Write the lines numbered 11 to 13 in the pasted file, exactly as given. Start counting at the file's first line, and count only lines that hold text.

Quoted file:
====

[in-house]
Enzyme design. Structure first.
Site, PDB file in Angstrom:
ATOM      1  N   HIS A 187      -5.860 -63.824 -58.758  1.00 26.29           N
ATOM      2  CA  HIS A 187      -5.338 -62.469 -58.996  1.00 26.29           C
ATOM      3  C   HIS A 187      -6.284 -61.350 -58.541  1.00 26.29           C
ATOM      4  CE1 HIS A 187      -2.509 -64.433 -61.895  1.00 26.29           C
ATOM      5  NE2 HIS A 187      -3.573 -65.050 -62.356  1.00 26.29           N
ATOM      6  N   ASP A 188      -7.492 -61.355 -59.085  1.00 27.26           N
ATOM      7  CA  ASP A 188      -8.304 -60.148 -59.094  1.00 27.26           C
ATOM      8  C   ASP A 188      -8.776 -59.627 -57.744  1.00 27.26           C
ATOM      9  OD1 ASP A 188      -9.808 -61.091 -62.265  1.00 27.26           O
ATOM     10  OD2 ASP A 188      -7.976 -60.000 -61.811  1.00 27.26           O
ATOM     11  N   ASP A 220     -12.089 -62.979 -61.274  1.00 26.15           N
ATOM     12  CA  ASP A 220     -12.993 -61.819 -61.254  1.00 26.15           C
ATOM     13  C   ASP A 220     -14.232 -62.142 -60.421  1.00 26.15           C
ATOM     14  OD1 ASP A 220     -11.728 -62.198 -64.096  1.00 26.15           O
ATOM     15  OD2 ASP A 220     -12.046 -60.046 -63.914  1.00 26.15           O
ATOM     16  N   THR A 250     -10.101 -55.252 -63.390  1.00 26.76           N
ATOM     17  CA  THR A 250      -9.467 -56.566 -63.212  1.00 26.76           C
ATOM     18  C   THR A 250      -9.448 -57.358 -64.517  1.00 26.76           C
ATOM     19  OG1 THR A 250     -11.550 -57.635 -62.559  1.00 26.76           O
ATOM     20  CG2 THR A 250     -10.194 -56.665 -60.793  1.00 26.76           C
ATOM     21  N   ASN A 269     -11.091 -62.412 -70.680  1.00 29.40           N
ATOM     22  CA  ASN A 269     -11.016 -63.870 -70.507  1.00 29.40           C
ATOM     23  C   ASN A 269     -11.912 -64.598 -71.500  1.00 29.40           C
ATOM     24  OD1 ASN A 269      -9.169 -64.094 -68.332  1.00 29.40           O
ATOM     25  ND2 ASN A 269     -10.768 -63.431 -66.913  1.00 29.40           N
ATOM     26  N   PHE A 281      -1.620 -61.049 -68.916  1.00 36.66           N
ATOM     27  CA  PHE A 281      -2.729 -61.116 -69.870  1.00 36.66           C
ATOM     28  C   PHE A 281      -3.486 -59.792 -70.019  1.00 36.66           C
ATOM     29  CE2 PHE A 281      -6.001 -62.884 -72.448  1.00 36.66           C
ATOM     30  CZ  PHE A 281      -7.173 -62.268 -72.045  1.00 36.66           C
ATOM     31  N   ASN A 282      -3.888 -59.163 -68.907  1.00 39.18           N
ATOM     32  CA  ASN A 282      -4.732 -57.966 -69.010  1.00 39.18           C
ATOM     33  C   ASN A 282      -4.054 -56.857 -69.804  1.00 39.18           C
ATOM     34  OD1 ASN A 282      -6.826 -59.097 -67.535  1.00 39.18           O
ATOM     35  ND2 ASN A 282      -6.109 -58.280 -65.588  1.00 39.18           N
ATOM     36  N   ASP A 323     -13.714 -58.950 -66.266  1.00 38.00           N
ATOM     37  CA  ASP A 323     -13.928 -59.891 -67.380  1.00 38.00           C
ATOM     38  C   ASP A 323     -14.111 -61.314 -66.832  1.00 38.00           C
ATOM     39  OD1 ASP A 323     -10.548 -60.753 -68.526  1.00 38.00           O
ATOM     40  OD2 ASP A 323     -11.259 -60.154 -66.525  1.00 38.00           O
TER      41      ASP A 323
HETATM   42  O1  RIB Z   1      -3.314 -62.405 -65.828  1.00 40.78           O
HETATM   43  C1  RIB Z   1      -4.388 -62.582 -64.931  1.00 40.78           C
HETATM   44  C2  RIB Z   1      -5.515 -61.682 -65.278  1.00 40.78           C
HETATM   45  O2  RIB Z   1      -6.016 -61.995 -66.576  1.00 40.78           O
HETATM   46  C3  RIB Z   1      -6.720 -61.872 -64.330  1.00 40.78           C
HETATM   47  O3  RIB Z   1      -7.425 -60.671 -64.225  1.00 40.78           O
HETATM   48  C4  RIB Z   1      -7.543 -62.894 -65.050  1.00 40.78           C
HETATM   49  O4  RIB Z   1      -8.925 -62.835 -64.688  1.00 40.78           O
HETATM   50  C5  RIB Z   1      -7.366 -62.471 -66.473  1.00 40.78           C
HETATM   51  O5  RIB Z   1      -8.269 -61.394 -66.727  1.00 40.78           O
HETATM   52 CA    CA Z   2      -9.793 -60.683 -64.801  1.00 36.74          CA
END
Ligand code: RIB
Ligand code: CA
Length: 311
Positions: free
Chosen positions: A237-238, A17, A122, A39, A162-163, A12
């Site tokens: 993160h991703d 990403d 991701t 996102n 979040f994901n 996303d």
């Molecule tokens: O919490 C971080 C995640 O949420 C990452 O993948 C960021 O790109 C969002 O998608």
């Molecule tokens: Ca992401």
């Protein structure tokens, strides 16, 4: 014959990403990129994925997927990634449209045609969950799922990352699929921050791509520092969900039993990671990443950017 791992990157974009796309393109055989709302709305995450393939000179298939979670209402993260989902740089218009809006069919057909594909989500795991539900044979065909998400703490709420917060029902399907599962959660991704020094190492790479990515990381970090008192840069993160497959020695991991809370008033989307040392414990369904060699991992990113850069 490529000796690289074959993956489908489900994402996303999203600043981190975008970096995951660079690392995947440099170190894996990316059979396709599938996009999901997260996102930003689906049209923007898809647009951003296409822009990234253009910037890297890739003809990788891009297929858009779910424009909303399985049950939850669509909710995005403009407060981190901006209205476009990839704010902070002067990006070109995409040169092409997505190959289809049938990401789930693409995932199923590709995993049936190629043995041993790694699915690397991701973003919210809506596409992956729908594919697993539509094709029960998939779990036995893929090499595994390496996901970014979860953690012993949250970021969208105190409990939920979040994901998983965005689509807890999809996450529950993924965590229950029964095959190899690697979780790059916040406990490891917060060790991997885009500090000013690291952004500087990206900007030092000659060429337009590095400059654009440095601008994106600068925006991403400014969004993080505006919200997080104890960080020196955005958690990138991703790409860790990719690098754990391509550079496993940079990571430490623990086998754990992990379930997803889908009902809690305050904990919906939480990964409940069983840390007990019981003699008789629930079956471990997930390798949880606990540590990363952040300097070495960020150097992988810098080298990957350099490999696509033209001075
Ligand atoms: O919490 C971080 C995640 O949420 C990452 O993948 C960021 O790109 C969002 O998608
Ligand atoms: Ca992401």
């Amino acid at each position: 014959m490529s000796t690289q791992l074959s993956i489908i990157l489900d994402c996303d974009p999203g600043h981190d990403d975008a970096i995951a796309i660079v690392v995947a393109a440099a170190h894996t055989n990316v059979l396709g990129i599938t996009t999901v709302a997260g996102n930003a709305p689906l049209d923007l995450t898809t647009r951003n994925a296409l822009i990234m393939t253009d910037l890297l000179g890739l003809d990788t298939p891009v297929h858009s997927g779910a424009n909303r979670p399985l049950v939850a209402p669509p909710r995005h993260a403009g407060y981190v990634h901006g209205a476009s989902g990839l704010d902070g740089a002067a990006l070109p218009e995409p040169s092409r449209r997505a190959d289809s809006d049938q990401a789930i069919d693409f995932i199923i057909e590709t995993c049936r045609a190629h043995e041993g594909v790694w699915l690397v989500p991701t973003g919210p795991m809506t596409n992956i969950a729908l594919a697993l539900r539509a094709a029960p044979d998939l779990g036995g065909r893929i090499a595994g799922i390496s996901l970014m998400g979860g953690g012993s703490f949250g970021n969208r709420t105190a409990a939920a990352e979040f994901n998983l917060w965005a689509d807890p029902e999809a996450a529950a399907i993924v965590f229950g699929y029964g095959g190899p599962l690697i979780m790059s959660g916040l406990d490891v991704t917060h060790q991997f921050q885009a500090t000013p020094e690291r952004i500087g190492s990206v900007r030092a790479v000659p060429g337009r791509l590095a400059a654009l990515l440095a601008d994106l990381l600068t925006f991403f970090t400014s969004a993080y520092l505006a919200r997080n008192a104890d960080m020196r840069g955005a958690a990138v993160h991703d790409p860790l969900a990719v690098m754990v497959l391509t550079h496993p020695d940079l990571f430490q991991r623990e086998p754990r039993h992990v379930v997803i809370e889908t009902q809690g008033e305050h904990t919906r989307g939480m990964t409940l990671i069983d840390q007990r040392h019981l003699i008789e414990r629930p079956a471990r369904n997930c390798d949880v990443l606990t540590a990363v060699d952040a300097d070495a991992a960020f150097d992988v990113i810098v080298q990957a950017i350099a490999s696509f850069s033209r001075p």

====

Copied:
ATOM      8  C   ASP A 188      -8.776 -59.627 -57.744  1.00 27.26           C
ATOM      9  OD1 ASP A 188      -9.808 -61.091 -62.265  1.00 27.26           O
ATOM     10  OD2 ASP A 188      -7.976 -60.000 -61.811  1.00 27.26           O